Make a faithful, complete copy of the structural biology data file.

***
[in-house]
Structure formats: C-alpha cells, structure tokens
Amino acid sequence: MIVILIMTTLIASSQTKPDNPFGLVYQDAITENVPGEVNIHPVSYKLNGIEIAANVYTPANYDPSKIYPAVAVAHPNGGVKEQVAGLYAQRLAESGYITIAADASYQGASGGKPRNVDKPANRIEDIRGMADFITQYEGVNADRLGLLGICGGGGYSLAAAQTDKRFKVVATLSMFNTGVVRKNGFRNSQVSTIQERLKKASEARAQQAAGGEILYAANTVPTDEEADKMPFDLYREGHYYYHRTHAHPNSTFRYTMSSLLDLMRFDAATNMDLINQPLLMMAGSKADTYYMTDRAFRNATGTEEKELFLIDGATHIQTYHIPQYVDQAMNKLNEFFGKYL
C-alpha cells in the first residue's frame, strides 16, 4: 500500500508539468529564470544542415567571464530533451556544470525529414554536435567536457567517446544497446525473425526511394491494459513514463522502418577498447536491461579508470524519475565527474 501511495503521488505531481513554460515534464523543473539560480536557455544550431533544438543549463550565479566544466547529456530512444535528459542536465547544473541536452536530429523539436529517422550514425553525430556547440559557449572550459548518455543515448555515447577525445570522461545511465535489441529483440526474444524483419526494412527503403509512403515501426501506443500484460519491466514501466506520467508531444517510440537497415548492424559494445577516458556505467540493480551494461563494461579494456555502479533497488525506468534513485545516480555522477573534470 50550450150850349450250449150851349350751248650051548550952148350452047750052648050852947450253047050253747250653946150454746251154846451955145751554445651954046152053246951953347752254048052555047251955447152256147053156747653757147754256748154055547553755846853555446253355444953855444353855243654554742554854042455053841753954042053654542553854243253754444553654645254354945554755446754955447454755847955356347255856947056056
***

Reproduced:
[in-house]
Structure formats: C-alpha cells, structure tokens
Amino acid sequence: MIVILIMTTLIASSQTKPDNPFGLVYQDAITENVPGEVNIHPVSYKLNGIEIAANVYTPANYDPSKIYPAVAVAHPNGGVKEQVAGLYAQRLAESGYITIAADASYQGASGGKPRNVDKPANRIEDIRGMADFITQYEGVNADRLGLLGICGGGGYSLAAAQTDKRFKVVATLSMFNTGVVRKNGFRNSQVSTIQERLKKASEARAQQAAGGEILYAANTVPTDEEADKMPFDLYREGHYYYHRTHAHPNSTFRYTMSSLLDLMRFDAATNMDLINQPLLMMAGSKADTYYMTDRAFRNATGTEEKELFLIDGATHIQTYHIPQYVDQAMNKLNEFFGKYL
C-alpha cells in the first residue's frame, strides 16, 4: 500500500508539468529564470544542415567571464530533451556544470525529414554536435567536457567517446544497446525473425526511394491494459513514463522502418577498447536491461579508470524519475565527474 501511495503521488505531481513554460515534464523543473539560480536557455544550431533544438543549463550565479566544466547529456530512444535528459542536465547544473541536452536530429523539436529517422550514425553525430556547440559557449572550459548518455543515448555515447577525445570522461545511465535489441529483440526474444524483419526494412527503403509512403515501426501506443500484460519491466514501466506520467508531444517510440537497415548492424559494445577516458556505467540493480551494461563494461579494456555502479533497488525506468534513485545516480555522477573534470 50550450150850349450250449150851349350751248650051548550952148350452047750052648050852947450253047050253747250653946150454746251154846451955145751554445651954046152053246951953347752254048052555047251955447152256147053156747653757147754256748154055547553755846853555446253355444953855444353855243654554742554854042455053841753954042053654542553854243253754444553654645254354945554755446754955447454755847955356347255856947056056